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Tuesday, June 24, 2014

The Spice Baron - "Worth its weight in Gold... or close enough"



The Spice Baron
"Worth its weight in gold.. or close enough"


Fresh ginger root, green cardamom pods and saffron threads

The naming process occurred early this week - "The Spice Baron". It's straight and to the point when you look at the ingredients list, a couple of luxe items topping the bill.



Among the most expensive spices in the world, Cardamom, an intensely floral and spicy aromatic, ranks #3 at $30/lb wholesale. It's pricey, but it feels like a bargain when you consider Vanilla in the #2 spot, priced from $50-$200/lb.

But Saffron is in a league of its own - the Warren Buffet to Vanilla's upper middle class standing.

Saffron, with a radiant red coloring and sweet hay-like aroma prices from $1,600-$5,000/lb (depending on the quality). Walmart is currently selling 0.06oz containers for $17.74.  That's $4,720/lb (and you can bet that's not the top-of-the-line variety).

Ok... so it's not quite as valuable as gold (currently over $21,000/lb), but this is food. We're going to eat this!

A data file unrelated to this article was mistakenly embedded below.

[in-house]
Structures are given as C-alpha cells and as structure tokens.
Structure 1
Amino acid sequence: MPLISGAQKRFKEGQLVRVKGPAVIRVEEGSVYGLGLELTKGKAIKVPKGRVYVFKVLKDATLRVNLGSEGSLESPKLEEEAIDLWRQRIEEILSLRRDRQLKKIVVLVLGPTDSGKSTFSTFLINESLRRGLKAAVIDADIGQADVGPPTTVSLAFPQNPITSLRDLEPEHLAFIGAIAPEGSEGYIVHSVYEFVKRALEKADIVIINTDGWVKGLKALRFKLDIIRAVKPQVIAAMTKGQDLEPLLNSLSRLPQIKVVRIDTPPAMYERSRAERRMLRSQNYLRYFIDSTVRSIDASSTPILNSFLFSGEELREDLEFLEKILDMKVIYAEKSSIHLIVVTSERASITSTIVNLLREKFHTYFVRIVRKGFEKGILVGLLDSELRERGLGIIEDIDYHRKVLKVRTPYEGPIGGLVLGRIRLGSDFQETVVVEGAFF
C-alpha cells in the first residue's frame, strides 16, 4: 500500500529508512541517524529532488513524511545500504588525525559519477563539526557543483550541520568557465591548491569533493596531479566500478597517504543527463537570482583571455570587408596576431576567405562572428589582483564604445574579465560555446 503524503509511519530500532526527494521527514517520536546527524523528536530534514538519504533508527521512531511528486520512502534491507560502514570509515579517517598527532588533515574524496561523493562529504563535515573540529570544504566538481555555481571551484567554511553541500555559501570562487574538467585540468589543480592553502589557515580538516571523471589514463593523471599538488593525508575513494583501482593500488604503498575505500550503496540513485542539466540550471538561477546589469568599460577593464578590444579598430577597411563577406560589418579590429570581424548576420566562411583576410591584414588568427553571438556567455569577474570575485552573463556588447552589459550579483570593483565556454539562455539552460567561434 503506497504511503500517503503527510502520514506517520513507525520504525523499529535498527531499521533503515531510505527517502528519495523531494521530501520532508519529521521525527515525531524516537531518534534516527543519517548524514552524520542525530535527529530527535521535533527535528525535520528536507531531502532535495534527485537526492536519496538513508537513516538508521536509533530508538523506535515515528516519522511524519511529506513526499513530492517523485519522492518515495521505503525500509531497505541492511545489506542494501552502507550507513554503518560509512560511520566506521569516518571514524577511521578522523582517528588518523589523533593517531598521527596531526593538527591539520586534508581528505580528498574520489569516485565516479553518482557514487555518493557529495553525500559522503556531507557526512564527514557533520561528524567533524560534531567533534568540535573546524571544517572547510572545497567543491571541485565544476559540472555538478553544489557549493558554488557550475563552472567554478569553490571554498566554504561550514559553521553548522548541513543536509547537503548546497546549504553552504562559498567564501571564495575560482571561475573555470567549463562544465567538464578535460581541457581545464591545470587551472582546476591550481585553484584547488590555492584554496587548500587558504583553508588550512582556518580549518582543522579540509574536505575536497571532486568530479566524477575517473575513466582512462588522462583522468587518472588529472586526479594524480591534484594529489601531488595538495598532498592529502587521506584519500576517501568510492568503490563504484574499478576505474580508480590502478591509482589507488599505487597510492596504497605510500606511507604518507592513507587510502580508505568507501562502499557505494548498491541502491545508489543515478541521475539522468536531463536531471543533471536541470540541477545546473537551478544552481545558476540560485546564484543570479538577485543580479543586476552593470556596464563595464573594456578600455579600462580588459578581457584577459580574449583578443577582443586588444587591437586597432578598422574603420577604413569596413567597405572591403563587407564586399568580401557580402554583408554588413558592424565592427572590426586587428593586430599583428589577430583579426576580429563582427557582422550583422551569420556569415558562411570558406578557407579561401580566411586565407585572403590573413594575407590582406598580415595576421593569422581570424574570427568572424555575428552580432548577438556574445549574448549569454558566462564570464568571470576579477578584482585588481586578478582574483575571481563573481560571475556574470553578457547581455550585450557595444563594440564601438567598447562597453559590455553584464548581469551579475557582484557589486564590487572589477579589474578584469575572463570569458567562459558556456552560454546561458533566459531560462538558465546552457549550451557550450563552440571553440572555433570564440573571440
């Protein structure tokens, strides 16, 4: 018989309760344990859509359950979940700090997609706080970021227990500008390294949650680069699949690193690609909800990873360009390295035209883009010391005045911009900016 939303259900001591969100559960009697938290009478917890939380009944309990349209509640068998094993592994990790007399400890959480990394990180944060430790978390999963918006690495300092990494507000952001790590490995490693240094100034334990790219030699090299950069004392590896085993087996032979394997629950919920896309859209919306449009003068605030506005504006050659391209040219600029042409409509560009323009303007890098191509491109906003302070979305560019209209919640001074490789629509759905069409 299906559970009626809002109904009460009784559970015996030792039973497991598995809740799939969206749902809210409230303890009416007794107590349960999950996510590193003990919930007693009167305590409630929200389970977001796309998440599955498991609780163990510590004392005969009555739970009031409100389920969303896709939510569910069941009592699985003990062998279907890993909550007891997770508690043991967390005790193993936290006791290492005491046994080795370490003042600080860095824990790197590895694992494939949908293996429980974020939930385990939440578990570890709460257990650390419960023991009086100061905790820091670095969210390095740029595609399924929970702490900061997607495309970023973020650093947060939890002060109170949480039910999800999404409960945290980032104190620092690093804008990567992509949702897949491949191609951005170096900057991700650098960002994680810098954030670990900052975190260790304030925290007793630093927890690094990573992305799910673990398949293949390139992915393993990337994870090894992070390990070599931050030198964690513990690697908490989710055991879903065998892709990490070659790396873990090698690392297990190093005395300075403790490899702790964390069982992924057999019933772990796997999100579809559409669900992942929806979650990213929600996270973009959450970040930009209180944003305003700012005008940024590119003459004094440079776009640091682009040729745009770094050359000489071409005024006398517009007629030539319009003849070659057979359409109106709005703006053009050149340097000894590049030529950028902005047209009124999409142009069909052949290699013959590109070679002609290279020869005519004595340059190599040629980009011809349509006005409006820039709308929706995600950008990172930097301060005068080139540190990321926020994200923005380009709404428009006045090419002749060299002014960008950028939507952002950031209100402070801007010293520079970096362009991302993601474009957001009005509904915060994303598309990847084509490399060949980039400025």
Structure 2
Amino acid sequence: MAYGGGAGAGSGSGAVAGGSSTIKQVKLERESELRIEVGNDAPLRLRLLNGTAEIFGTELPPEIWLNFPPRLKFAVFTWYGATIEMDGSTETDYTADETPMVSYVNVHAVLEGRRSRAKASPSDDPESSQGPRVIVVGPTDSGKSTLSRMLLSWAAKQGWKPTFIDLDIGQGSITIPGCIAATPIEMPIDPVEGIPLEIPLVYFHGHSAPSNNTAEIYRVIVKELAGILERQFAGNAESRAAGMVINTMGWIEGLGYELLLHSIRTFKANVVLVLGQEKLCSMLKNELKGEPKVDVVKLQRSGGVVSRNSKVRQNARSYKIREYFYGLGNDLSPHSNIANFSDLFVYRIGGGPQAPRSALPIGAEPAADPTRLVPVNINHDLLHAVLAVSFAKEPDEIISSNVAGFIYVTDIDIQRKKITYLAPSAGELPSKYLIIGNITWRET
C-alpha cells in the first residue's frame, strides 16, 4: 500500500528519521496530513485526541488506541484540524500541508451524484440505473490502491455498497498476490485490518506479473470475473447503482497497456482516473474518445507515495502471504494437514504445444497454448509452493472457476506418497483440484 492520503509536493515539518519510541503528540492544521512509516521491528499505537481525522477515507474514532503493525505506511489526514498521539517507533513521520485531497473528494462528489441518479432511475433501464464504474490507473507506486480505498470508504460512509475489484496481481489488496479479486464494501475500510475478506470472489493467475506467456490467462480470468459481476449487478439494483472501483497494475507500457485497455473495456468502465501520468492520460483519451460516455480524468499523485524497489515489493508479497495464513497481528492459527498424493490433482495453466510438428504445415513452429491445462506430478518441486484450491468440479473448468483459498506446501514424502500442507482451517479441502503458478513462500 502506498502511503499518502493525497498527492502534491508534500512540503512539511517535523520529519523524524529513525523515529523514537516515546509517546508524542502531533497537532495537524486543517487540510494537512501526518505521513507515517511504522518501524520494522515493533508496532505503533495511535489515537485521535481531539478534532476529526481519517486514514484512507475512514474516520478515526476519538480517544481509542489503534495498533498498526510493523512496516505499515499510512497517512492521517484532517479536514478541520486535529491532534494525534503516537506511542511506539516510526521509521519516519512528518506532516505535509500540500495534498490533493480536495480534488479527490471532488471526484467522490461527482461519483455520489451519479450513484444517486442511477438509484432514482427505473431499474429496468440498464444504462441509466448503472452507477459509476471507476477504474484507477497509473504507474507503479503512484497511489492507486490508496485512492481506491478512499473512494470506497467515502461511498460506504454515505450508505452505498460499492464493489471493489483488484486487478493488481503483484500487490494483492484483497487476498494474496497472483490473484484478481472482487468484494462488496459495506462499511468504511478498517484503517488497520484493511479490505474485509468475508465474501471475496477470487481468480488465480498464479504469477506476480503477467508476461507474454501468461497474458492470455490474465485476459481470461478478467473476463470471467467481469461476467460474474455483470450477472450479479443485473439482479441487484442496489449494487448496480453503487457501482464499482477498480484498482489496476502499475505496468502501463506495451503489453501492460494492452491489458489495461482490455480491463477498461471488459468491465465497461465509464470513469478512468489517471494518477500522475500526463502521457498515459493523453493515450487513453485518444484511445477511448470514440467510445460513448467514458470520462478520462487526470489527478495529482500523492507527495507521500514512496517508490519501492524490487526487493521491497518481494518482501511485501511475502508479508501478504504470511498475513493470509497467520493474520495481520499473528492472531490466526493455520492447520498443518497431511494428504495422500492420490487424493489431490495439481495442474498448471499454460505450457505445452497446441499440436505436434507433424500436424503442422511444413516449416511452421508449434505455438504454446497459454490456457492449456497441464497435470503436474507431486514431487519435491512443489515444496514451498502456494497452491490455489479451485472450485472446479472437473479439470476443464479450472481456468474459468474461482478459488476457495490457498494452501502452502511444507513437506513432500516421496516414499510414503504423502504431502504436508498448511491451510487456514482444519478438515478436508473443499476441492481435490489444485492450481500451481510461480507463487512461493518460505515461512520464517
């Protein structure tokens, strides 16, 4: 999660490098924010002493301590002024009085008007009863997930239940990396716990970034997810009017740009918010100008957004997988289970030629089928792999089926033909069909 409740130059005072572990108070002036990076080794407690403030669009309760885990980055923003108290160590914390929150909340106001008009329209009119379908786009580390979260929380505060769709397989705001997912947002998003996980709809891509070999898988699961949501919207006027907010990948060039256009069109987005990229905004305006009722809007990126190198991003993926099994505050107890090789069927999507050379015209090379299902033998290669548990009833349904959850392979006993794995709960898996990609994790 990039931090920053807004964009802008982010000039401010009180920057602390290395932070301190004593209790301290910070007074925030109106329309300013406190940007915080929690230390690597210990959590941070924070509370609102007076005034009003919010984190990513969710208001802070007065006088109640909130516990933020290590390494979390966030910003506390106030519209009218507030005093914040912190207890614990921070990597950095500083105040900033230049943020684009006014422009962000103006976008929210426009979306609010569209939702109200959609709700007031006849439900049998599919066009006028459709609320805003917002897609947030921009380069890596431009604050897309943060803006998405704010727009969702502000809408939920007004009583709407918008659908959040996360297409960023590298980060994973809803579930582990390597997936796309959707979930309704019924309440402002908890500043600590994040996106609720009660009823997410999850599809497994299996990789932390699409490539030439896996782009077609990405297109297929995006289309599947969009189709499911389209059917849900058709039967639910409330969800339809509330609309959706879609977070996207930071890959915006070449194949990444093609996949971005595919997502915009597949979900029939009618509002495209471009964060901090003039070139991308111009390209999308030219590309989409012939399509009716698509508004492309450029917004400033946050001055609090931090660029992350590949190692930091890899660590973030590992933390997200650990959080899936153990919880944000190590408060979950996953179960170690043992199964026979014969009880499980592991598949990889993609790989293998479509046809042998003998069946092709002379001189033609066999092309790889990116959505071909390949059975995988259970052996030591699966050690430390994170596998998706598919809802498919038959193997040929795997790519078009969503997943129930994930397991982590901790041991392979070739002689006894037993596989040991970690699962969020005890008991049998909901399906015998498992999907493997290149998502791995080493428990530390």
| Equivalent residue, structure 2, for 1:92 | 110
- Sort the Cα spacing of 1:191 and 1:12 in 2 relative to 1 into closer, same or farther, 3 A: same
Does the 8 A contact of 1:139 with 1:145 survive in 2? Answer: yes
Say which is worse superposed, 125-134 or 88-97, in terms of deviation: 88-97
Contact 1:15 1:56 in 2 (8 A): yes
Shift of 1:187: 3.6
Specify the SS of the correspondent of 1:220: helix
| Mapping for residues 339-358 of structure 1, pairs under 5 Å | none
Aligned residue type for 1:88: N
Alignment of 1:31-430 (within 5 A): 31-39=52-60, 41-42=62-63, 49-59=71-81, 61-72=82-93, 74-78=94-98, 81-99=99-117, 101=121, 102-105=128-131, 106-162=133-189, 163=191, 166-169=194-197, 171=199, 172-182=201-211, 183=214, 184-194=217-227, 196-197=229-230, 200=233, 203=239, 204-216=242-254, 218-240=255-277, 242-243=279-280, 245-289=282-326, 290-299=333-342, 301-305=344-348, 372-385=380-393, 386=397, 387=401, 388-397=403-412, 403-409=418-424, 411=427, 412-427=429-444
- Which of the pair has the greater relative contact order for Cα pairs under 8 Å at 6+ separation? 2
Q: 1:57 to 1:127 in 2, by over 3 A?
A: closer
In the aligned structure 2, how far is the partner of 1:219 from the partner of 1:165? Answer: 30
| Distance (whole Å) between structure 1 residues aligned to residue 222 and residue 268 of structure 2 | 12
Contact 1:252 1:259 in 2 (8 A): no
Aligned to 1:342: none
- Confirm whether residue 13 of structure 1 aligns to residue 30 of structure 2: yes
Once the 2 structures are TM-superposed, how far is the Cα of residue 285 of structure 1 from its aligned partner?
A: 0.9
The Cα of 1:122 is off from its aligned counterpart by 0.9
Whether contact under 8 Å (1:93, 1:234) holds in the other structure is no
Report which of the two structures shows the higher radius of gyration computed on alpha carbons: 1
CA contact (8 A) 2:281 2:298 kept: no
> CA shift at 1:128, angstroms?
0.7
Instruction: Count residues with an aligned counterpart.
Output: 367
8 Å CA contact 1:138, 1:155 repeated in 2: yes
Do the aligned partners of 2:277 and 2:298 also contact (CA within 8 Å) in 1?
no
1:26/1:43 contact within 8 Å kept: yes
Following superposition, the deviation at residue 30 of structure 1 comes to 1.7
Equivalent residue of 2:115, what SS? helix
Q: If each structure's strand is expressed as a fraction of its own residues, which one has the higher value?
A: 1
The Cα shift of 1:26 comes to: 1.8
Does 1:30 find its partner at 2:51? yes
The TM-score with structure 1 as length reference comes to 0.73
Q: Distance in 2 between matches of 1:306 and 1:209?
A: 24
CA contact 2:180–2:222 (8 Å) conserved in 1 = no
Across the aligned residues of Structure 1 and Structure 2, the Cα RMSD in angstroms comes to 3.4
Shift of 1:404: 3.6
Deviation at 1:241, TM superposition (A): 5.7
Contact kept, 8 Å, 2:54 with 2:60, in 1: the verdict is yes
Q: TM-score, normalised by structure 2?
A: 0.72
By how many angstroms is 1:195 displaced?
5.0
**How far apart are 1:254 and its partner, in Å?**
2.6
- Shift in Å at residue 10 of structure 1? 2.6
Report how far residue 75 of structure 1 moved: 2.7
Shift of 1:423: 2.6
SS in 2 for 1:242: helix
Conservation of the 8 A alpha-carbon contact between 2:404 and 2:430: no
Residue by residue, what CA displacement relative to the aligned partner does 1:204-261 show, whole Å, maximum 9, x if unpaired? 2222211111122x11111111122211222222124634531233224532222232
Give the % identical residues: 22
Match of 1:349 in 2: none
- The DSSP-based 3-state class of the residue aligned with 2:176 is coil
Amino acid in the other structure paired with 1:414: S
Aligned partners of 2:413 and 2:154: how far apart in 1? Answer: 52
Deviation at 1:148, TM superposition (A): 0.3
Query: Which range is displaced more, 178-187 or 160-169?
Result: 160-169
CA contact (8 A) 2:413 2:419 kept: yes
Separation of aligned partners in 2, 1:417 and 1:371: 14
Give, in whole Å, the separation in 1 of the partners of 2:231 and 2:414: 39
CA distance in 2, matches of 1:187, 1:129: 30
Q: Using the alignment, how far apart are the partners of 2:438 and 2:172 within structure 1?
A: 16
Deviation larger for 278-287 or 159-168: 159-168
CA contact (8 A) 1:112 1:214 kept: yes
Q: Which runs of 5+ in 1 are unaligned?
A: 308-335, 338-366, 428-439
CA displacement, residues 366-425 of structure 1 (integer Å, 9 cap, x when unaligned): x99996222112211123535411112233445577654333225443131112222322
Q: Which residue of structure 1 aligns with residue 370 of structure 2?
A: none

"Pastry of the one-percent? Let them eat cake!"

With ingredients at these price points, I feel the only way to do them justice is with a formal, plated dessert - a pastry that requires architectural planning and tweezer precision in execution. I may regret this choice at 3am on Thursday evening as foam, fondant, cream and custard drip from every counter and cabinet... but where's the fun in a saffron cookie?

Saffron threads



Spice Hunting
"I just ate a mortgage payment"


Kalustyan's awning

Specialty ingredients call for specialty markets, and Kalustyan's in NYC certainly qualifies. 

With every spice, powder and potion imaginable, the aisles have an almost otherworldly quality. Half of the stock seems more familiar to the pages of "Harry Potter" than "The Joy of Cooking". 

So if you're looking for some glycerin flakes (pretty sure that's not a breakfast cereal), Glucono Delta Lactone (also known as GDL... as if that's any clearer), or a couple bags of blue cheese or burgundy wine powder (for your next just-add-water social gathering), I know a guy who can hook you up.

Bags of powdered blue cheese and burgundy wine

Yes, this shop has everything, but why was saffron stored separately from all of the other spices, safely tucked behind the register and available only upon request? How could I have spent $15 on this tiny bottle? 

Small jar of saffron threads

Saffron, a highly sought after "connoisseur" spice, frequently used to enhance the flavor and color of savory seafood dishes, owes most of its primo pricing to the labor intensive nature of production. 

Each 'thread' of saffron is the stigma of one of the flowers. Each flower has only 3 stigmas. So how many flowers are required to yield 1 oz. of dried saffron? 

4,000! 

That number is even more staggering when you consider the harvest is done by hand. High quality saffron ("Sargol" grade) only includes the very end of the bright red stigma. Lesser grades also include more of the yellow style, the stalk connecting the stigma to the host plant.